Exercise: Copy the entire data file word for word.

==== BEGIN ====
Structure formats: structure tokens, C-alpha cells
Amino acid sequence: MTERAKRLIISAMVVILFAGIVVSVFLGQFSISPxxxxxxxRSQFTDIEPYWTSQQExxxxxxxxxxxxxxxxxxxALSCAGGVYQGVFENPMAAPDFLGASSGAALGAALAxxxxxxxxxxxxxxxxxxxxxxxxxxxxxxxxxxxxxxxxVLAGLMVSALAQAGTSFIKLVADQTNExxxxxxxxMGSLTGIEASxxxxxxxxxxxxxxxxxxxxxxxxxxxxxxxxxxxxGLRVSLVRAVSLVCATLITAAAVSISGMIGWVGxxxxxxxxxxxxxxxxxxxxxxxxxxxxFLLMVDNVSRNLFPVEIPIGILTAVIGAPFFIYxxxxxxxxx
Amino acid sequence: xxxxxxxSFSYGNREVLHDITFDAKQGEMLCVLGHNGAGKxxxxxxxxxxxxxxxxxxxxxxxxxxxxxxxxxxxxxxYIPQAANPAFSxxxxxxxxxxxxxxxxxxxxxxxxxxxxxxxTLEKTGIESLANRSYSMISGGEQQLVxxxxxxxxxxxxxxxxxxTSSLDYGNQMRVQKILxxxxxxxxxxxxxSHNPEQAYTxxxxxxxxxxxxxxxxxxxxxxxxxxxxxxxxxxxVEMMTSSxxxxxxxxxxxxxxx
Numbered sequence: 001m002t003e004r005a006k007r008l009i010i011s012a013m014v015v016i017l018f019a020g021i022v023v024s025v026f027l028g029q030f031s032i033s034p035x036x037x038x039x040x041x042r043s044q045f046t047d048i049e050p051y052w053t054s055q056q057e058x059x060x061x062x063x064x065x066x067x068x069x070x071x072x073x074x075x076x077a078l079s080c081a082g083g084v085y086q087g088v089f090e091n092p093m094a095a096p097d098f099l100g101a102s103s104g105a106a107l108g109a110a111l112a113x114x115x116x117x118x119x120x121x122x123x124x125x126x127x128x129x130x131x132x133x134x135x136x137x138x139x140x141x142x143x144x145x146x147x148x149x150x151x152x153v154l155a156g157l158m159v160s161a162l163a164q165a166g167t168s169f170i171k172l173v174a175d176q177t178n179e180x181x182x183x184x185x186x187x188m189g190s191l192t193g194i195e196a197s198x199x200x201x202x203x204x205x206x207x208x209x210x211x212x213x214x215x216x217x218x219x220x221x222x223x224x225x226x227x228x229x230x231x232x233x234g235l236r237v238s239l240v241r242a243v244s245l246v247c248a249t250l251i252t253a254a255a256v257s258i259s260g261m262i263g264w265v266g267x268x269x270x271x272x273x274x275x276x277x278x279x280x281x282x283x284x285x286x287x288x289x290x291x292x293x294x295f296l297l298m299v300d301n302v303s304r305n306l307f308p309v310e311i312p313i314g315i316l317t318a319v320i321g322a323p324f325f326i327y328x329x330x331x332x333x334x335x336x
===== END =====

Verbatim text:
Structure formats: structure tokens, C-alpha cells
Amino acid sequence: MTERAKRLIISAMVVILFAGIVVSVFLGQFSISPxxxxxxxRSQFTDIEPYWTSQQExxxxxxxxxxxxxxxxxxxALSCAGGVYQGVFENPMAAPDFLGASSGAALGAALAxxxxxxxxxxxxxxxxxxxxxxxxxxxxxxxxxxxxxxxxVLAGLMVSALAQAGTSFIKLVADQTNExxxxxxxxMGSLTGIEASxxxxxxxxxxxxxxxxxxxxxxxxxxxxxxxxxxxxGLRVSLVRAVSLVCATLITAAAVSISGMIGWVGxxxxxxxxxxxxxxxxxxxxxxxxxxxxFLLMVDNVSRNLFPVEIPIGILTAVIGAPFFIYxxxxxxxxx
Amino acid sequence: xxxxxxxSFSYGNREVLHDITFDAKQGEMLCVLGHNGAGKxxxxxxxxxxxxxxxxxxxxxxxxxxxxxxxxxxxxxxYIPQAANPAFSxxxxxxxxxxxxxxxxxxxxxxxxxxxxxxxTLEKTGIESLANRSYSMISGGEQQLVxxxxxxxxxxxxxxxxxxTSSLDYGNQMRVQKILxxxxxxxxxxxxxSHNPEQAYTxxxxxxxxxxxxxxxxxxxxxxxxxxxxxxxxxxxVEMMTSSxxxxxxxxxxxxxxx
Numbered sequence: 001m002t003e004r005a006k007r008l009i010i011s012a013m014v015v016i017l018f019a020g021i022v023v024s025v026f027l028g029q030f031s032i033s034p035x036x037x038x039x040x041x042r043s044q045f046t047d048i049e050p051y052w053t054s055q056q057e058x059x060x061x062x063x064x065x066x067x068x069x070x071x072x073x074x075x076x077a078l079s080c081a082g083g084v085y086q087g088v089f090e091n092p093m094a095a096p097d098f099l100g101a102s103s104g105a106a107l108g109a110a111l112a113x114x115x116x117x118x119x120x121x122x123x124x125x126x127x128x129x130x131x132x133x134x135x136x137x138x139x140x141x142x143x144x145x146x147x148x149x150x151x152x153v154l155a156g157l158m159v160s161a162l163a164q165a166g167t168s169f170i171k172l173v174a175d176q177t178n179e180x181x182x183x184x185x186x187x188m189g190s191l192t193g194i195e196a197s198x199x200x201x202x203x204x205x206x207x208x209x210x211x212x213x214x215x216x217x218x219x220x221x222x223x224x225x226x227x228x229x230x231x232x233x234g235l236r237v238s239l240v241r242a243v244s245l246v247c248a249t250l251i252t253a254a255a256v257s258i259s260g261m262i263g264w265v266g267x268x269x270x271x272x273x274x275x276x277x278x279x280x281x282x283x284x285x286x287x288x289x290x291x292x293x294x295f296l297l298m299v300d301n302v303s304r305n306l307f308p309v310e311i312p313i314g315i316l317t318a319v320i321g322a323p324f325f326i327y328x329x330x331x332x333x334x335x336x